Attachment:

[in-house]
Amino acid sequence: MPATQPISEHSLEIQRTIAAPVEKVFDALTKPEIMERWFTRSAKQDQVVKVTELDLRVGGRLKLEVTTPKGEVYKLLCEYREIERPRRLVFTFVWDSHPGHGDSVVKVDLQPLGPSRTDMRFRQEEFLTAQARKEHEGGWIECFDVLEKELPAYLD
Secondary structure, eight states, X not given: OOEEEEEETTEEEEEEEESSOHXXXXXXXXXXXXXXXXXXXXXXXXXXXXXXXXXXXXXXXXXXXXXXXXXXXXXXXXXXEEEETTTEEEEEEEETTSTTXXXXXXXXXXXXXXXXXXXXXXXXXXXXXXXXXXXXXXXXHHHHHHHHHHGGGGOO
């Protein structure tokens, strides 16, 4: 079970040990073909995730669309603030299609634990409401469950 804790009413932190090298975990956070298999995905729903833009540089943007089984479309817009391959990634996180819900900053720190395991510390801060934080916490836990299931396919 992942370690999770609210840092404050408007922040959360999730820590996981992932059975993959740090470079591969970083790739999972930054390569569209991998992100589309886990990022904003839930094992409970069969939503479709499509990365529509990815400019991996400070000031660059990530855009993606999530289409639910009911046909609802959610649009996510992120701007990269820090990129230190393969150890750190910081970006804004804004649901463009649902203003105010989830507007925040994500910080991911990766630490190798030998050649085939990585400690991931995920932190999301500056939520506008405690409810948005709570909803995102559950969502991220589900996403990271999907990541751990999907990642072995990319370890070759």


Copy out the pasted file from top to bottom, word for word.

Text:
[in-house]
Amino acid sequence: MPATQPISEHSLEIQRTIAAPVEKVFDALTKPEIMERWFTRSAKQDQVVKVTELDLRVGGRLKLEVTTPKGEVYKLLCEYREIERPRRLVFTFVWDSHPGHGDSVVKVDLQPLGPSRTDMRFRQEEFLTAQARKEHEGGWIECFDVLEKELPAYLD
Secondary structure, eight states, X not given: OOEEEEEETTEEEEEEEESSOHXXXXXXXXXXXXXXXXXXXXXXXXXXXXXXXXXXXXXXXXXXXXXXXXXXXXXXXXXXEEEETTTEEEEEEEETTSTTXXXXXXXXXXXXXXXXXXXXXXXXXXXXXXXXXXXXXXXXHHHHHHHHHHGGGGOO
């Protein structure tokens, strides 16, 4: 079970040990073909995730669309603030299609634990409401469950 804790009413932190090298975990956070298999995905729903833009540089943007089984479309817009391959990634996180819900900053720190395991510390801060934080916490836990299931396919 992942370690999770609210840092404050408007922040959360999730820590996981992932059975993959740090470079591969970083790739999972930054390569569209991998992100589309886990990022904003839930094992409970069969939503479709499509990365529509990815400019991996400070000031660059990530855009993606999530289409639910009911046909609802959610649009996510992120701007990269820090990129230190393969150890750190910081970006804004804004649901463009649902203003105010989830507007925040994500910080991911990766630490190798030998050649085939990585400690991931995920932190999301500056939520506008405690409810948005709570909803995102559950969502991220589900996403990271999907990541751990999907990642072995990319370890070759």